but it is overcome by the hero through his obedience to the advice of his servant. The latter cleanses the bride's body of the dragon brood and goes away. Here the opening has been modified, though not beyond recognition, since the rescued man is clearly enough the grateful dead.
Russian IV., taken like the preceding from a folkbook, differs from that in only minor points, though the ampler form in which I have found it makes it of more importance. The three sons of a czar go out in separate ships to see the world. The youngest, named Sila, rescues a swimming coffin, which his brothers have not heeded, and buries it on shore. There he leaves his companions, and goes on alone till joined by a man dressed in a shroud, who says that he is the rescued corpse and proposes that Sila win a certain Princess Truda as wife by his aid. The hero is dismayed when he sees the walls of her city decorated with the heads of countless former suitors, but he is told by his servant not to fear. On the bridal night he is counselled to keep silence, and, when his wife presses her hand on his breast, to beat her, as she is in league with a sixheaded dragon. Sila obeys, the dragon appears, and the servant cuts off two of its heads. Two more heads are cut off on the second night, and the remaining two on the third. The bride is not completely cleansed, however, till the end of a year, when the servant cuts her in two, burns the evil things that emerge from her body, and sprinkles her with living water to make her well again. He then disappears.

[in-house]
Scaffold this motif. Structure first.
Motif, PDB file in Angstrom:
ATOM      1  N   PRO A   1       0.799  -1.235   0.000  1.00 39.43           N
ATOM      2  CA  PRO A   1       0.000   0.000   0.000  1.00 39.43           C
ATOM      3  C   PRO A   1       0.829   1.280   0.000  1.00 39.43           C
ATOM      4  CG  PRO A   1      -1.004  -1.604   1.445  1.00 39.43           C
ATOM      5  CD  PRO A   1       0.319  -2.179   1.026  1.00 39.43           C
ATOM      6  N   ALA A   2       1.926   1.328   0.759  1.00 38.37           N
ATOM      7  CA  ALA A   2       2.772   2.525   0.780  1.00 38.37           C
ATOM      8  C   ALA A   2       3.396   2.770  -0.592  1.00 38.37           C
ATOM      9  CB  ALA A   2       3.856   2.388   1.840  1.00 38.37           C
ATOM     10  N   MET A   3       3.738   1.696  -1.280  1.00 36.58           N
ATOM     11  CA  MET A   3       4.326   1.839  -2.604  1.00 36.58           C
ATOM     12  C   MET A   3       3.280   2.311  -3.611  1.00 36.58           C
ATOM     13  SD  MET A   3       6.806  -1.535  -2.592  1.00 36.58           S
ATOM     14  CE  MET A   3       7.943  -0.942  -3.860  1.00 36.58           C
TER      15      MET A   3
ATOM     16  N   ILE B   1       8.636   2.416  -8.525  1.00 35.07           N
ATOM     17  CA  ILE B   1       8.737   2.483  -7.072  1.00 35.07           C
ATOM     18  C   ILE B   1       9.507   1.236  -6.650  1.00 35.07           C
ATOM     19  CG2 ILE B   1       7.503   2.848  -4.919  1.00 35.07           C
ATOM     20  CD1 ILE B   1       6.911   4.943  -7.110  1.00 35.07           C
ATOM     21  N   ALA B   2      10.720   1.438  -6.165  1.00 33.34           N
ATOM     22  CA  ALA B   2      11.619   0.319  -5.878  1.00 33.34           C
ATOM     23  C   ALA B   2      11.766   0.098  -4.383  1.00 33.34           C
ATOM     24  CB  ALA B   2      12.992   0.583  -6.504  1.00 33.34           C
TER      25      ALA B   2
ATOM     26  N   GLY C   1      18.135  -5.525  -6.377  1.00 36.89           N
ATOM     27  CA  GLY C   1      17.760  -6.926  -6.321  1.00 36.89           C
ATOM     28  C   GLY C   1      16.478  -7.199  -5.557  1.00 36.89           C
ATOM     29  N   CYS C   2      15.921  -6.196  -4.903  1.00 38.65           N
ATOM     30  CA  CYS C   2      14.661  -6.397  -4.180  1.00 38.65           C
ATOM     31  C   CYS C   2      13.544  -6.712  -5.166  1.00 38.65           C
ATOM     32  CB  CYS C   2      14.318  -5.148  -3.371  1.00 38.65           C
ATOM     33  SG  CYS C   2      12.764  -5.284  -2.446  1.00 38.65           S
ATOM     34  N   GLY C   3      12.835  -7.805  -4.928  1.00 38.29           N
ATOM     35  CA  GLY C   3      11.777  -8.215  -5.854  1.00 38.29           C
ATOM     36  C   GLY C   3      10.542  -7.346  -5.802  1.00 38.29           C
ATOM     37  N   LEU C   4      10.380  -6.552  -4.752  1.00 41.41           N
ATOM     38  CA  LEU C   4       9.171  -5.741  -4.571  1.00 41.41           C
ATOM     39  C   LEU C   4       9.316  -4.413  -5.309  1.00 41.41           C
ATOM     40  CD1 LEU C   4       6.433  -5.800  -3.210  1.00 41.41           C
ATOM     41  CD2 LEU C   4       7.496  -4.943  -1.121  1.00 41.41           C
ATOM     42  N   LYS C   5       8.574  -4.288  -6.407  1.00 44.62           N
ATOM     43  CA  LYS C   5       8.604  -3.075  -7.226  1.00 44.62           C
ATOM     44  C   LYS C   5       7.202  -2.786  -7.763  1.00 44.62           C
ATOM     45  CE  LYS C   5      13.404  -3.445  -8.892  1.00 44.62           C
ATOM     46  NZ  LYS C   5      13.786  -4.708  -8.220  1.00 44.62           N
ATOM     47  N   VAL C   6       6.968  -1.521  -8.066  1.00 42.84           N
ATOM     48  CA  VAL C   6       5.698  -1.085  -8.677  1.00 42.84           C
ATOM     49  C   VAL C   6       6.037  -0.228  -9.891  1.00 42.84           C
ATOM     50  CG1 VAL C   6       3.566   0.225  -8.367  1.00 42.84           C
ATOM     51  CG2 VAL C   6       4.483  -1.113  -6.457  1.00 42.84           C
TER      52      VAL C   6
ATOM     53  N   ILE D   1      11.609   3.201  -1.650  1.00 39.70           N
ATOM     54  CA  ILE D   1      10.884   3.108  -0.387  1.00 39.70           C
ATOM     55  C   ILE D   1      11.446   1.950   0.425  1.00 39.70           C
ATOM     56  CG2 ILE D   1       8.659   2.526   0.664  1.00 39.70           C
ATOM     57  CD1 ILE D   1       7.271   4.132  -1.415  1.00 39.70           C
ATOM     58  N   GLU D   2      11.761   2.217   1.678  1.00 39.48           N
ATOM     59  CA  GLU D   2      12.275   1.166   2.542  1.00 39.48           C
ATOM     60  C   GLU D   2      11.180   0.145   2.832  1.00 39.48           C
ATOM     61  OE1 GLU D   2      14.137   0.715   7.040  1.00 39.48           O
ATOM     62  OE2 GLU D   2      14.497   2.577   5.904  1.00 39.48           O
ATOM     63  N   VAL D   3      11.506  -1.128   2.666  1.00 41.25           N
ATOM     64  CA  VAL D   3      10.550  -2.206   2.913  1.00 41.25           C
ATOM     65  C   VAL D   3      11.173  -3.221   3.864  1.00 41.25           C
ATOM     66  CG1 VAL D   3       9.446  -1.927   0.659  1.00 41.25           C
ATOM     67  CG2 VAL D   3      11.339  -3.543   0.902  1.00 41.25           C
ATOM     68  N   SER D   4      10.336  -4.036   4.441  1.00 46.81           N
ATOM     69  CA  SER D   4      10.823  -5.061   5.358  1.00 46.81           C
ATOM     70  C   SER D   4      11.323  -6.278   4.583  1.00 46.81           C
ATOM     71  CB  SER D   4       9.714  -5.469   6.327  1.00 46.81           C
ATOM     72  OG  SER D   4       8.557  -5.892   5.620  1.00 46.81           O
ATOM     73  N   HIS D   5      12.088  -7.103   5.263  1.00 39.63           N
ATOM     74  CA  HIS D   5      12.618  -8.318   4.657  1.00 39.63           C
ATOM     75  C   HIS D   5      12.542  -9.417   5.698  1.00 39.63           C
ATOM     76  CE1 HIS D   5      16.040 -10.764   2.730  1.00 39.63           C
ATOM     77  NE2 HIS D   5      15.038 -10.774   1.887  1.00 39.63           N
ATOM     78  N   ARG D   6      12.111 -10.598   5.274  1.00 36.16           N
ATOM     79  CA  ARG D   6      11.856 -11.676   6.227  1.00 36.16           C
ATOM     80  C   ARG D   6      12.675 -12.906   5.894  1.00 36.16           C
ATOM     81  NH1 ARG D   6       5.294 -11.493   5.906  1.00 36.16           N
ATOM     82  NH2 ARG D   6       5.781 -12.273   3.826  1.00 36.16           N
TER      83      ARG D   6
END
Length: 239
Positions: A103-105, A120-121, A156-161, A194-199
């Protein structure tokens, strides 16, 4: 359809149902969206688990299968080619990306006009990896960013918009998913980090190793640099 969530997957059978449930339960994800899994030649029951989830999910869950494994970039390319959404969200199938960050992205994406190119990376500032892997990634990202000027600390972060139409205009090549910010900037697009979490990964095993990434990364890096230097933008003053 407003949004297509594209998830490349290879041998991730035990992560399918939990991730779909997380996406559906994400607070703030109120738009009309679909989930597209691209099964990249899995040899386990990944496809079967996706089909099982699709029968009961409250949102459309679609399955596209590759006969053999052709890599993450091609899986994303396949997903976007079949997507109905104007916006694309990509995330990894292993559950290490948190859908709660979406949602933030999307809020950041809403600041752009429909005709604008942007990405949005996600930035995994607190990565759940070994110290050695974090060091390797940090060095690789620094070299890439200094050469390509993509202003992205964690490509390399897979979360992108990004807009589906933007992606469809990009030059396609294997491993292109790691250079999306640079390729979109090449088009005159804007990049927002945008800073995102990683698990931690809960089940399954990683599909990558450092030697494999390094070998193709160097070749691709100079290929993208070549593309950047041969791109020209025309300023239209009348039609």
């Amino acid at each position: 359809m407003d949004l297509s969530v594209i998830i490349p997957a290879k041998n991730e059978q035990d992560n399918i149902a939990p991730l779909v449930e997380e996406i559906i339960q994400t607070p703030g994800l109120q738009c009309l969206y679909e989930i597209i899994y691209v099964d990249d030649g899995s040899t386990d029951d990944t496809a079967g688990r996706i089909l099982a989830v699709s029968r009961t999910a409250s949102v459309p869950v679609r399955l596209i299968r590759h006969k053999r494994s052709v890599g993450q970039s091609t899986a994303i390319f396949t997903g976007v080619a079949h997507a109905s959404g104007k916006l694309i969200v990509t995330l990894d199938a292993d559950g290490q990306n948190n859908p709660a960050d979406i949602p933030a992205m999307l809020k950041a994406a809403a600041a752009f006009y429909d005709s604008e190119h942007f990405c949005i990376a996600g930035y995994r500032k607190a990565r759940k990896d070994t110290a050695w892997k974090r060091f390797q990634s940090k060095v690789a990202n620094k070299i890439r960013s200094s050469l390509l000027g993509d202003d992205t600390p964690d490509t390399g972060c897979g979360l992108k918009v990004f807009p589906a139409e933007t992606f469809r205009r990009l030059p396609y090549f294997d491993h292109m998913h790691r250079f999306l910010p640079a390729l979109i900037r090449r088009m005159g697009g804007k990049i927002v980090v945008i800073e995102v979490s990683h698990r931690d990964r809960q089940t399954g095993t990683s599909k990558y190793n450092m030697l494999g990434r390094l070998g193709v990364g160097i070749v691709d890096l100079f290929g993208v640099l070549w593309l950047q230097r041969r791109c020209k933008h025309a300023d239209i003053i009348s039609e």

Here the grateful dead appears with perfect clearness, as he did not in Russian III. The course of events by which the lady is won does not differ materially from that of Russian II. Presumably III. would follow the same procedure, had we an adequate summary. III. and IV. are like I., and different from II., in omitting